CAST & CREW
Quite a few films have been made on the subject of ‘coming of age’ as well as about the impressionable period between adolescence and becoming a young adult. While “ Sixteen” deals with the same basic theme, it focuses specifically on the problems of this age group with the advent of the internet era, and its all-pervasive influence on this generation of youth.
Plot: The young group in the film comprises all with differing mindsets and expectations. While Anu ( Izabelle Leite) is an open minded and ambitious girl dreaming of becoming a model, Nidhi ( Mehak Manwani) is far more reserved and traditional. The third girl, Tanisha ( Wamiqa Gabbi), is more balanced and holds a mature head on her young shoulders, having lost her parents in an accident few years back. The lone guy in this pack is Ashwin ( Highphill Mathew), from a middle-class background, and a doting father egging him on to become an IAS Officer. Soon, further characters get drawn. Kartik is the one who has a crush on Nidhi and wants to go all the way with her, quite against her nature. Similarly, Ashwin falls for Tanisha, but she makes it clear that she regards him just as a good friend. Frustrated, Ashwin ends up accidentally killing his father in a fit of rage, and escapes - but only to join a gang of criminals.
Events fly back and forth with all the protagonists feeling the heat. Going out with Kartik, Nidhi gets pregnant, and Anu gets sucked into a dreadful lot of bad luck, with even her parents seeming to break up, and her boyfriend misunderstanding her. Ultimately, however, a reasonable sort of finale is reached, with all the major protagonists achieving, at least, part of their goals, experiencing both the good and the flip sides of the internet age. Nidhi gets back to school after having been wrongly thrown out while Anu feels privileged for having been selected for a Miss India contest, and both of them accompanied by Tanisha visits Ashwin in the juvenile correction home with Tanisha for the first time displaying her affection for the latter. Not to be left out, even Vikram ends up with a nomination for the Booker Prize for one of the books he had written about his teenage experiences, entitled ‘Sixteen.'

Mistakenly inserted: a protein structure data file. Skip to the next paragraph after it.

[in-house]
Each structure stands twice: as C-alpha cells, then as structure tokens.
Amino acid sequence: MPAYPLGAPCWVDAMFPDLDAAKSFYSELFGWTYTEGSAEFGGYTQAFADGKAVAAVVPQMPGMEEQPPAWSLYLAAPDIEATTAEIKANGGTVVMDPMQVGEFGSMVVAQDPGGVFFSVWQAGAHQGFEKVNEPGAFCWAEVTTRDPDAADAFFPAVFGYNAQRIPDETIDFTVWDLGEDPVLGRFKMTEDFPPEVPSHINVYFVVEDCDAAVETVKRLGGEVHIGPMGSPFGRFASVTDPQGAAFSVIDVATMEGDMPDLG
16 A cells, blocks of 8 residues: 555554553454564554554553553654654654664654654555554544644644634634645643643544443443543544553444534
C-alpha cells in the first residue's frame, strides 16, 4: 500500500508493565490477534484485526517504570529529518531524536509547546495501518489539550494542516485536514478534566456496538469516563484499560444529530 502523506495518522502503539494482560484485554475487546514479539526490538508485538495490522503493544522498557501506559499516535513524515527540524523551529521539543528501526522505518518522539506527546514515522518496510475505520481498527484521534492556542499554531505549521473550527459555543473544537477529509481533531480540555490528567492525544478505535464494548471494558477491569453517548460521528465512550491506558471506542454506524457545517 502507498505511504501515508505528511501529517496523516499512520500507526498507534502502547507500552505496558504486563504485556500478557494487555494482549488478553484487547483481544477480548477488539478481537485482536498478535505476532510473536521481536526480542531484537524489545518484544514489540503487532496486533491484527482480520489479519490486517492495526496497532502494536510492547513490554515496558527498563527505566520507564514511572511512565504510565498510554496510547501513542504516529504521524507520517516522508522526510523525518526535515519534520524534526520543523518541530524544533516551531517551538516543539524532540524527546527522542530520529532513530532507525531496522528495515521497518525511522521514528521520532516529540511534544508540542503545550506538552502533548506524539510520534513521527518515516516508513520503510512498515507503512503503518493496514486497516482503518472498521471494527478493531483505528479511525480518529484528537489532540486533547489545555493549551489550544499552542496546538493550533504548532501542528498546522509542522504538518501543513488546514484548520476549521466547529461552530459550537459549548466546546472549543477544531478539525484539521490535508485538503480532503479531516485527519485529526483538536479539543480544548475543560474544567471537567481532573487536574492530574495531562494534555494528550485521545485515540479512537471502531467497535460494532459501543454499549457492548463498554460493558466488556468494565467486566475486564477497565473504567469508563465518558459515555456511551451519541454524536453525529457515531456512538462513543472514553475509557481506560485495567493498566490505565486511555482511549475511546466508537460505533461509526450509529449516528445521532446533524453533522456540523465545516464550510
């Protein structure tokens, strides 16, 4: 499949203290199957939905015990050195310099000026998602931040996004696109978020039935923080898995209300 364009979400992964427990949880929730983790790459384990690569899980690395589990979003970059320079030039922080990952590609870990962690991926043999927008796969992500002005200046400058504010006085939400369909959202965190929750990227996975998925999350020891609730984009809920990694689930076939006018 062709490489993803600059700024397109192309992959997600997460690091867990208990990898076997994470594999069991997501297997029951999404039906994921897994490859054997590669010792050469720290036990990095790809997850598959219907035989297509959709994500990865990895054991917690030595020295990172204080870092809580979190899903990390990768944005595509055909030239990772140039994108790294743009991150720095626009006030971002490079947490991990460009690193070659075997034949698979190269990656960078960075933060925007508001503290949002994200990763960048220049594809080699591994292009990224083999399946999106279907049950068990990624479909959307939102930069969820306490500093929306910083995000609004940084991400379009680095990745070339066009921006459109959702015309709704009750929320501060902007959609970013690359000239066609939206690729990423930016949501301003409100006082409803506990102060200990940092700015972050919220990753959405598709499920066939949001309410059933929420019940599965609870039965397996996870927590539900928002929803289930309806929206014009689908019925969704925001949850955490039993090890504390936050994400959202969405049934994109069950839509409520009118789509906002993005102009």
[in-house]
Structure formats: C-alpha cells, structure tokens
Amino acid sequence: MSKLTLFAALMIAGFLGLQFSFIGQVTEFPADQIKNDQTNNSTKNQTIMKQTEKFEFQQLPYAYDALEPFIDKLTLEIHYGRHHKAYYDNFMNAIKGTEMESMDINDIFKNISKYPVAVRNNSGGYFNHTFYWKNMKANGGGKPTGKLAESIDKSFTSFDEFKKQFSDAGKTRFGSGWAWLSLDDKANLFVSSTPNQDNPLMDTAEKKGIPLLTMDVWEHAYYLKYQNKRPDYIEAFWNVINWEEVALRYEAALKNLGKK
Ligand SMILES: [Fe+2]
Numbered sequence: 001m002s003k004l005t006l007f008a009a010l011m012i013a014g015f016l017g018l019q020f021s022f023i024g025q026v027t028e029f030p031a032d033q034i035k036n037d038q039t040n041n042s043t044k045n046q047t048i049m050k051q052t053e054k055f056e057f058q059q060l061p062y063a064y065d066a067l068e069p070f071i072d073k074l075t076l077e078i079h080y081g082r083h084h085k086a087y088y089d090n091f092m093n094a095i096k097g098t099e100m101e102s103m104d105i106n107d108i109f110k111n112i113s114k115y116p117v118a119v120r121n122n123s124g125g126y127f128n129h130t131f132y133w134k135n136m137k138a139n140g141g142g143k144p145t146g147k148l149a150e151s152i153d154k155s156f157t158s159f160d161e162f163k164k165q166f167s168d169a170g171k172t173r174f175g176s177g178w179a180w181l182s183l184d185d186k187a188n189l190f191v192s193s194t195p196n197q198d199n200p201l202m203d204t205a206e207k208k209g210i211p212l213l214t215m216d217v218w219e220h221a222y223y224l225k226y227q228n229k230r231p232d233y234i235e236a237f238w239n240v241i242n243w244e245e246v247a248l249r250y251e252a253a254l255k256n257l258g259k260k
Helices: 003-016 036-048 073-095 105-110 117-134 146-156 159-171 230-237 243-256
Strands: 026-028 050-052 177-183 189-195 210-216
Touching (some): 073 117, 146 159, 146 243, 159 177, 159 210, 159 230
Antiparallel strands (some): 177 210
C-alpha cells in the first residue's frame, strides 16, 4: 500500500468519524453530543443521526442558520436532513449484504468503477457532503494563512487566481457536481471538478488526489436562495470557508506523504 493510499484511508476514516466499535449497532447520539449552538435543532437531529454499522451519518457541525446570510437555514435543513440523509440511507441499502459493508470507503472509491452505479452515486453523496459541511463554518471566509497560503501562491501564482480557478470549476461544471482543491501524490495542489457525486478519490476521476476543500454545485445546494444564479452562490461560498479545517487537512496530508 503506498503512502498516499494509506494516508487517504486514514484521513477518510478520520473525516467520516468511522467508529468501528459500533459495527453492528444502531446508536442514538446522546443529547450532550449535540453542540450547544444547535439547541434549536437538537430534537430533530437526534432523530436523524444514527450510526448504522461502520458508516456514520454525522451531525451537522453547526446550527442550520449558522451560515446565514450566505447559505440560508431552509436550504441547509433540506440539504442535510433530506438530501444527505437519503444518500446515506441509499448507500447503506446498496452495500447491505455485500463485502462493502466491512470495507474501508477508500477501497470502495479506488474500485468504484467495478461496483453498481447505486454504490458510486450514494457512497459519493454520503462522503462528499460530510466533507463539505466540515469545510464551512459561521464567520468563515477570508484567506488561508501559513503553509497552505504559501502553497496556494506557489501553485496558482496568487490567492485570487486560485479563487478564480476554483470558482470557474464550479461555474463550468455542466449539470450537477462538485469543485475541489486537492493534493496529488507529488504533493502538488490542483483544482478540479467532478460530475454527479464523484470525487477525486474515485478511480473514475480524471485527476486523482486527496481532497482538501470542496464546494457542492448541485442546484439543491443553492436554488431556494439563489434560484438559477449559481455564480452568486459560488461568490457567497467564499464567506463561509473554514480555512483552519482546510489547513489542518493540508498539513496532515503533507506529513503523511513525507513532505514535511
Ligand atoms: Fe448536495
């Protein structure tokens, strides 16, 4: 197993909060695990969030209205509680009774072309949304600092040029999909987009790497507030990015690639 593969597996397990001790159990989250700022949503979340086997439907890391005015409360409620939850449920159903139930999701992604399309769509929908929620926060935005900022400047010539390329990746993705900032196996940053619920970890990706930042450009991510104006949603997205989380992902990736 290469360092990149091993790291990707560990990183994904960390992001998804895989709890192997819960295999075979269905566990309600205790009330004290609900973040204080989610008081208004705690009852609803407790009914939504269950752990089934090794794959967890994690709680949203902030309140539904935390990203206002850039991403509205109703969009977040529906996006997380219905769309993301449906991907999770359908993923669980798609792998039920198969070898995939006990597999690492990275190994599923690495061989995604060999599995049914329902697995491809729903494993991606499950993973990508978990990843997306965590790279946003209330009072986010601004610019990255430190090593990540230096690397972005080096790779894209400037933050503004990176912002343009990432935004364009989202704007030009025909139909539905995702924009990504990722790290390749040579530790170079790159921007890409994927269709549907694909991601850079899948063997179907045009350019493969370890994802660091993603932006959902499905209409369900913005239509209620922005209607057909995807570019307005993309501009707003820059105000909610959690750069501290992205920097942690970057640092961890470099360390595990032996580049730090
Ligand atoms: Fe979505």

Review: Although the characters of the film gel well and play out their parts very naturally as per the demands of the characters they portray, it is basically a starless movie and perhaps adds to the naturalness of its school going teen characters. It goes to the credit of director Raj Purohit to have used them adroitly and in a convincing manner. As Purohit has handled all the important departments like the story and screenplay, the credit should go to him for having creatively churned out a realistic display of teenage behaviour in the current hi-tech age, by combining several such episodes into one whole, without at any time the incidents looking disjointed. One can understand the compulsions of having songs in a youth-centric film of this nature, but perhaps he could have kept the number down to merge well with the flow of the film.
Verdict: No doubt it is a watchable movie and should impress youngsters as well those who happen to be their guardians, making them nod at the familiarity of the incidents when compared with their own real life experiences.
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